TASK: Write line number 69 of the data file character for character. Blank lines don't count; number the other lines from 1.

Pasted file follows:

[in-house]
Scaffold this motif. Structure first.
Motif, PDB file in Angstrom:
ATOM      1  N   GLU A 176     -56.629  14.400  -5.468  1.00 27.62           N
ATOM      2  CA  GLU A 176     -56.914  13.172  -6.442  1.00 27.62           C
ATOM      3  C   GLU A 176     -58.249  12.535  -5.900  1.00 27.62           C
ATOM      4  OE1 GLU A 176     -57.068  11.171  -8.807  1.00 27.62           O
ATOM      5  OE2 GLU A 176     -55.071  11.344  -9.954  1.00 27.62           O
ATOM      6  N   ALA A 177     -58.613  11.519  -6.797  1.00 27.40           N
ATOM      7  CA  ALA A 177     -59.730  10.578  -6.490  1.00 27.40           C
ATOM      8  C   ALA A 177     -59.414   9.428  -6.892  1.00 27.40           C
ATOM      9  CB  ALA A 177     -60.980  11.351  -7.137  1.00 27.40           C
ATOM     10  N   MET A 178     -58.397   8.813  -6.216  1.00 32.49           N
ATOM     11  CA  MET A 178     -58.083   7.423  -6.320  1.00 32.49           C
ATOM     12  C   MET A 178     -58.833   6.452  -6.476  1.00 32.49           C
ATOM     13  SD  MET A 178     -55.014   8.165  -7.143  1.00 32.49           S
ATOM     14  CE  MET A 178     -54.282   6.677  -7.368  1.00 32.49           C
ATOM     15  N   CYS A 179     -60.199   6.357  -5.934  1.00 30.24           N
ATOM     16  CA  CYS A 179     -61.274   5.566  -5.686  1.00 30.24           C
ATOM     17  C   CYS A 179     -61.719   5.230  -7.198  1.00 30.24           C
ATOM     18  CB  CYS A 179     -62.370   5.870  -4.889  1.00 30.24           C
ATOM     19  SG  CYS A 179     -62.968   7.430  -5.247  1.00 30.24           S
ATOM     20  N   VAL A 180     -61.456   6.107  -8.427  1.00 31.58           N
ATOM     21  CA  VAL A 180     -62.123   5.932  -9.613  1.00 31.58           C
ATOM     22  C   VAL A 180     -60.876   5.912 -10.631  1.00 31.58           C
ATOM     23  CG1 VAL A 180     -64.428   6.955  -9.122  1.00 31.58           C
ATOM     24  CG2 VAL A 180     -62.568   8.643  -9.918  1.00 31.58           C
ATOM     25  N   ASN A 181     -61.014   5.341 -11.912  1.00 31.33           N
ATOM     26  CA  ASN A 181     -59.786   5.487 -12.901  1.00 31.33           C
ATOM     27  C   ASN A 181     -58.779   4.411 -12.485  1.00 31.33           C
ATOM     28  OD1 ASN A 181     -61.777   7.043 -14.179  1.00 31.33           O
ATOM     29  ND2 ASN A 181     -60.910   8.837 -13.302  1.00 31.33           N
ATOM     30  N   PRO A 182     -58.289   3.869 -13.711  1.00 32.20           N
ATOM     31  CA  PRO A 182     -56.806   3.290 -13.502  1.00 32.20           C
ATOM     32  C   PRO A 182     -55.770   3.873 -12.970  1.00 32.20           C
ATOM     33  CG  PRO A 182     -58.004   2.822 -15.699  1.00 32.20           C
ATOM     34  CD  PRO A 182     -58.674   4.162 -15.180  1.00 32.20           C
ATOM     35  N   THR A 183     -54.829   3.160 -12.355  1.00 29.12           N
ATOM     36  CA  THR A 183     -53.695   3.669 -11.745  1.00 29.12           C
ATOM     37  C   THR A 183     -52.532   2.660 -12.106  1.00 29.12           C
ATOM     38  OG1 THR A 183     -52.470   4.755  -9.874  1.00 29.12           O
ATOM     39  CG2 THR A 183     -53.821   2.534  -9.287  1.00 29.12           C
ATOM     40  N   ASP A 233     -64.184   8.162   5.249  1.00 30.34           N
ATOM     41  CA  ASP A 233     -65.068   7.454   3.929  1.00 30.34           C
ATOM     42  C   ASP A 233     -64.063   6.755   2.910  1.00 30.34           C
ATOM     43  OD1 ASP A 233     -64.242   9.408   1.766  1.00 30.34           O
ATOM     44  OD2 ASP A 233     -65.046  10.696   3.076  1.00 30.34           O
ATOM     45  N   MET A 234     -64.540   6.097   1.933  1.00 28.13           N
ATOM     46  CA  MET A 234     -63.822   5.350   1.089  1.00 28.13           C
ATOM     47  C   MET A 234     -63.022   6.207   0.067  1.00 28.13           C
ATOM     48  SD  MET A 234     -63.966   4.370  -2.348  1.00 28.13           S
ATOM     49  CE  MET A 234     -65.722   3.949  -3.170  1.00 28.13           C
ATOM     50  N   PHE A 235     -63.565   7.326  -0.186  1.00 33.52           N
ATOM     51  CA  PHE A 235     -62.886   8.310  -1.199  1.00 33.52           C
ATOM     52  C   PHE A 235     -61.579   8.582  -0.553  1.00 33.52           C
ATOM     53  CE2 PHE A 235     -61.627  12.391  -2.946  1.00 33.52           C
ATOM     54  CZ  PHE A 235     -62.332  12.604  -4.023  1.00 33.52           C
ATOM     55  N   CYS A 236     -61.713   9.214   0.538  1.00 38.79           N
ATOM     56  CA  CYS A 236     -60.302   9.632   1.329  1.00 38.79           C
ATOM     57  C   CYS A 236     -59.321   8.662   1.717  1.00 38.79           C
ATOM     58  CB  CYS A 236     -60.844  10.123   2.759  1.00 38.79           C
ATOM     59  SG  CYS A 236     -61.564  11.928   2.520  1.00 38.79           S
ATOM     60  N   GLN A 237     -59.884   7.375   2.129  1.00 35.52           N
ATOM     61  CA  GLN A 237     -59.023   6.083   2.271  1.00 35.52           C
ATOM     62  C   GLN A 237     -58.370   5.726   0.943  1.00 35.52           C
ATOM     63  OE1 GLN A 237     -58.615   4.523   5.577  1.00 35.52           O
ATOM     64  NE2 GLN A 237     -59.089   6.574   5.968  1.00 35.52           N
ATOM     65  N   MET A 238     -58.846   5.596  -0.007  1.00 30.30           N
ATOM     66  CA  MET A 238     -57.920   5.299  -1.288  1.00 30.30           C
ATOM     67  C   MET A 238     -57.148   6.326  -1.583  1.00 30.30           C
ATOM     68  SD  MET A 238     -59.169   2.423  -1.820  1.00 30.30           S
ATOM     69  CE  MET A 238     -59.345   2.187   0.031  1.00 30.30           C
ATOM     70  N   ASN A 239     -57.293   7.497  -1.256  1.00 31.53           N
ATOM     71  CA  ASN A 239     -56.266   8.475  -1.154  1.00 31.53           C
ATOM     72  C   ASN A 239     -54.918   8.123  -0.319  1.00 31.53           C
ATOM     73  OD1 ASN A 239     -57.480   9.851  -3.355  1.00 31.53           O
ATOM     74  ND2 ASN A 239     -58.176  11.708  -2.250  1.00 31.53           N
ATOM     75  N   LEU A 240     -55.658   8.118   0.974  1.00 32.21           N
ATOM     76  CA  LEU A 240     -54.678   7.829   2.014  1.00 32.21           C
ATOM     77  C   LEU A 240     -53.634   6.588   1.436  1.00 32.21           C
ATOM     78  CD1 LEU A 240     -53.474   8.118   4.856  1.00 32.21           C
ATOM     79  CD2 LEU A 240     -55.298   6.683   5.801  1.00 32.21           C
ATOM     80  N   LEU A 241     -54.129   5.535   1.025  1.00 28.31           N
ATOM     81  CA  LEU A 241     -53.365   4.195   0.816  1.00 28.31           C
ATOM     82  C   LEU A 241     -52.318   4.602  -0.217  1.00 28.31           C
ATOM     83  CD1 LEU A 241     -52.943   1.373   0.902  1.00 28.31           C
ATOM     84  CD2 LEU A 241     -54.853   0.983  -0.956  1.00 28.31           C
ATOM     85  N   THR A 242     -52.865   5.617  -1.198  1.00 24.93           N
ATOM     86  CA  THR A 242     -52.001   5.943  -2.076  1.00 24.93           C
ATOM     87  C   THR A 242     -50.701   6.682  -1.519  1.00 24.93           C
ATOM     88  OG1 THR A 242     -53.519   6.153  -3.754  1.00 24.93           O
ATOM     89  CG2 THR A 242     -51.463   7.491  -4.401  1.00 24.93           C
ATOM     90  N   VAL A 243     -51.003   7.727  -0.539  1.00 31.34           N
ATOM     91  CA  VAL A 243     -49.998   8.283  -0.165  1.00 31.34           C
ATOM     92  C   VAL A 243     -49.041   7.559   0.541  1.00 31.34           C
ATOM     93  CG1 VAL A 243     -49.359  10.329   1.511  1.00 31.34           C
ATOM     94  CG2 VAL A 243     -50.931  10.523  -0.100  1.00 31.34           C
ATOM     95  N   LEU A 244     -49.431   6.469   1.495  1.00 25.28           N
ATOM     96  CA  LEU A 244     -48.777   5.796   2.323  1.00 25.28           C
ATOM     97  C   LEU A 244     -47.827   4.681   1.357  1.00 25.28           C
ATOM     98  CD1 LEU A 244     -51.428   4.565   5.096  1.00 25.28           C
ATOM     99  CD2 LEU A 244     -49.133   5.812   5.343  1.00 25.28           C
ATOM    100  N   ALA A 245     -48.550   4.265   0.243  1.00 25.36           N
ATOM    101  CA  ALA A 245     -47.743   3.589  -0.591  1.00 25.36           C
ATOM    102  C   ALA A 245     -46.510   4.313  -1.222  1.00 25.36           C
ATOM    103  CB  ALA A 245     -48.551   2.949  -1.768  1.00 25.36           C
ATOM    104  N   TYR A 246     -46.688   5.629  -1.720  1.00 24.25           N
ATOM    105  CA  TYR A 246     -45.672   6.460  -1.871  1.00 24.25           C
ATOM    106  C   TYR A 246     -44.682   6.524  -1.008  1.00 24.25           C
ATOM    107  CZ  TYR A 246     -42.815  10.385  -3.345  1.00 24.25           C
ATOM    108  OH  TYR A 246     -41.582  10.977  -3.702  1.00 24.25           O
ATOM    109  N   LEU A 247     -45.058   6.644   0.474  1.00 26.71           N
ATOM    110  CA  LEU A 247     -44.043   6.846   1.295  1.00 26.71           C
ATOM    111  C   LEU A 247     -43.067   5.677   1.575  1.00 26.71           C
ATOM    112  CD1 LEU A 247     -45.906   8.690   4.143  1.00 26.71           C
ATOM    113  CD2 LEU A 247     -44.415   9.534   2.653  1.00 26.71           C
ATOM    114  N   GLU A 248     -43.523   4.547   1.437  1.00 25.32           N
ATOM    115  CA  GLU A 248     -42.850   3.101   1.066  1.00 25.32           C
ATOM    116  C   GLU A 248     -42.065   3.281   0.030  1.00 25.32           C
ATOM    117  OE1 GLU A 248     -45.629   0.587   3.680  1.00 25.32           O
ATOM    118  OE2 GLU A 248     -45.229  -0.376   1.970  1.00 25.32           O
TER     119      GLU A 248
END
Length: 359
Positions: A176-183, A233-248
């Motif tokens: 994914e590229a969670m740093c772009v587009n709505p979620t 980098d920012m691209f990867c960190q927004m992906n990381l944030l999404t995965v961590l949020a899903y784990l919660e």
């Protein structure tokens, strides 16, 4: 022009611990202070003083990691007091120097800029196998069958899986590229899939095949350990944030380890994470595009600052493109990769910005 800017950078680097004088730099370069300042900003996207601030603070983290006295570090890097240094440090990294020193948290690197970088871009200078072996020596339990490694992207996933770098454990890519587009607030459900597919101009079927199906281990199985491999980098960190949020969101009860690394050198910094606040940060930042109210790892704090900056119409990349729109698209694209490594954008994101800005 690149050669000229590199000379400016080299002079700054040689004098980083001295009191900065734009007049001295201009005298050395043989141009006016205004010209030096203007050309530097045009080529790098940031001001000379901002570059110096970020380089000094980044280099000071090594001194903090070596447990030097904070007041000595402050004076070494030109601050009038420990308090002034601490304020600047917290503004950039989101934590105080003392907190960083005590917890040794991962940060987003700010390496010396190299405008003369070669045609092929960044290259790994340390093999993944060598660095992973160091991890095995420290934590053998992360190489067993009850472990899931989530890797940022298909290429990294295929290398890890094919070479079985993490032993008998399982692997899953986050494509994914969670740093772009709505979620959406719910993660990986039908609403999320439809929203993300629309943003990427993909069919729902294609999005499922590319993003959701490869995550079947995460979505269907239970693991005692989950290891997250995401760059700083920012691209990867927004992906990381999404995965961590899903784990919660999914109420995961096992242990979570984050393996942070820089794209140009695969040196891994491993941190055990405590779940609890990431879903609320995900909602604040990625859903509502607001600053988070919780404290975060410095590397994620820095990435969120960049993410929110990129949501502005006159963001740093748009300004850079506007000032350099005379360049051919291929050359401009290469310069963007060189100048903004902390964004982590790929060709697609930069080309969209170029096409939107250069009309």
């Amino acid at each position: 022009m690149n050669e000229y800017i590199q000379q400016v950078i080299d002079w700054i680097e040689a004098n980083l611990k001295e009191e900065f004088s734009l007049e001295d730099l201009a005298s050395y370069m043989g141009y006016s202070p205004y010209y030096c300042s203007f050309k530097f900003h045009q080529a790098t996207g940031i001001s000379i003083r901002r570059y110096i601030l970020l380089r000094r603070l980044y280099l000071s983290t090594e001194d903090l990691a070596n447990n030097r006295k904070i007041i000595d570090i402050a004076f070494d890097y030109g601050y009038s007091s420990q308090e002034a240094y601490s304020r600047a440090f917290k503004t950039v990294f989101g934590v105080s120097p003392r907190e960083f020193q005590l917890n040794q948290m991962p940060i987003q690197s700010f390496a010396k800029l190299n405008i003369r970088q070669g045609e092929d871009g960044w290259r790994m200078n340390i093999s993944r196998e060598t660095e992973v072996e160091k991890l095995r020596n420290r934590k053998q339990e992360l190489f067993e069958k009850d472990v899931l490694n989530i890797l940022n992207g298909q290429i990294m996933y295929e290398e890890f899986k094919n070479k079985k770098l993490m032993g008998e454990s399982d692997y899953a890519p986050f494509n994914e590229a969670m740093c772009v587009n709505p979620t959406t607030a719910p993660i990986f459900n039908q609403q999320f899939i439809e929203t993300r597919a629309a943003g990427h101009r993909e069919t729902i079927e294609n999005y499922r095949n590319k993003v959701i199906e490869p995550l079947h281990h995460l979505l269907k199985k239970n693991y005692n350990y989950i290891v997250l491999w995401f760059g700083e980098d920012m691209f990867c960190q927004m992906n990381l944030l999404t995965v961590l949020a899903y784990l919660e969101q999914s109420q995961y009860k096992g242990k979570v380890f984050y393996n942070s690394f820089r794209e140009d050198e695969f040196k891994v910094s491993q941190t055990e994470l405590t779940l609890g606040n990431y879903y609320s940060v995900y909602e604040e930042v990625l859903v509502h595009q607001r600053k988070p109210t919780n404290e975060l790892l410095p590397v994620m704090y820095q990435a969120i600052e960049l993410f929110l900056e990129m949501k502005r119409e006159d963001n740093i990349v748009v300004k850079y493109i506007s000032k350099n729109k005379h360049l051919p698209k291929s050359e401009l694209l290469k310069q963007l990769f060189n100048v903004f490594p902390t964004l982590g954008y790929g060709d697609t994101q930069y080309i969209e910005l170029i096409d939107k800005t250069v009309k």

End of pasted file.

ATOM     66  CA  MET A 238     -57.920   5.299  -1.288  1.00 30.30           C